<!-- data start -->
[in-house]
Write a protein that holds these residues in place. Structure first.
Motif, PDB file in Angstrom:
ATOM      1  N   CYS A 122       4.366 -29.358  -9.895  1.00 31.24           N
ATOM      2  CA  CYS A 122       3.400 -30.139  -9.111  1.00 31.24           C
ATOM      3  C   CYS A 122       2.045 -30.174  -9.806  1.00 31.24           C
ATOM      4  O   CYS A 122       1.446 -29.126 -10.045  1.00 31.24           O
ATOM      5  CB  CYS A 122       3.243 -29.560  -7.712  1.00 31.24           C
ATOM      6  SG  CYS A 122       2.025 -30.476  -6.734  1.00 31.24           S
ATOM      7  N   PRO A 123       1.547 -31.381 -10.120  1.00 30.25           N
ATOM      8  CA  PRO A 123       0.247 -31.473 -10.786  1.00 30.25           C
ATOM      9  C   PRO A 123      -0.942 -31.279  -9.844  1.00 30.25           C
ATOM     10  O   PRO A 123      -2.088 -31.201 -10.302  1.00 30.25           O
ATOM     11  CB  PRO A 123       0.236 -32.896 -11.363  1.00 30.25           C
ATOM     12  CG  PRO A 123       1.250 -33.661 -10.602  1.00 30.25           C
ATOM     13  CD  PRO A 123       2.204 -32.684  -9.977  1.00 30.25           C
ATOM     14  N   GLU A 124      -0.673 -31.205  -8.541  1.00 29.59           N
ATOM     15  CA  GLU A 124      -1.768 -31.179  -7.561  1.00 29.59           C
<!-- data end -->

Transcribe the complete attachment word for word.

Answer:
[in-house]
Write a protein that holds these residues in place. Structure first.
Motif, PDB file in Angstrom:
ATOM      1  N   CYS A 122       4.366 -29.358  -9.895  1.00 31.24           N
ATOM      2  CA  CYS A 122       3.400 -30.139  -9.111  1.00 31.24           C
ATOM      3  C   CYS A 122       2.045 -30.174  -9.806  1.00 31.24           C
ATOM      4  O   CYS A 122       1.446 -29.126 -10.045  1.00 31.24           O
ATOM      5  CB  CYS A 122       3.243 -29.560  -7.712  1.00 31.24           C
ATOM      6  SG  CYS A 122       2.025 -30.476  -6.734  1.00 31.24           S
ATOM      7  N   PRO A 123       1.547 -31.381 -10.120  1.00 30.25           N
ATOM      8  CA  PRO A 123       0.247 -31.473 -10.786  1.00 30.25           C
ATOM      9  C   PRO A 123      -0.942 -31.279  -9.844  1.00 30.25           C
ATOM     10  O   PRO A 123      -2.088 -31.201 -10.302  1.00 30.25           O
ATOM     11  CB  PRO A 123       0.236 -32.896 -11.363  1.00 30.25           C
ATOM     12  CG  PRO A 123       1.250 -33.661 -10.602  1.00 30.25           C
ATOM     13  CD  PRO A 123       2.204 -32.684  -9.977  1.00 30.25           C
ATOM     14  N   GLU A 124      -0.673 -31.205  -8.541  1.00 29.59           N
ATOM     15  CA  GLU A 124      -1.768 -31.179  -7.561  1.00 29.59           C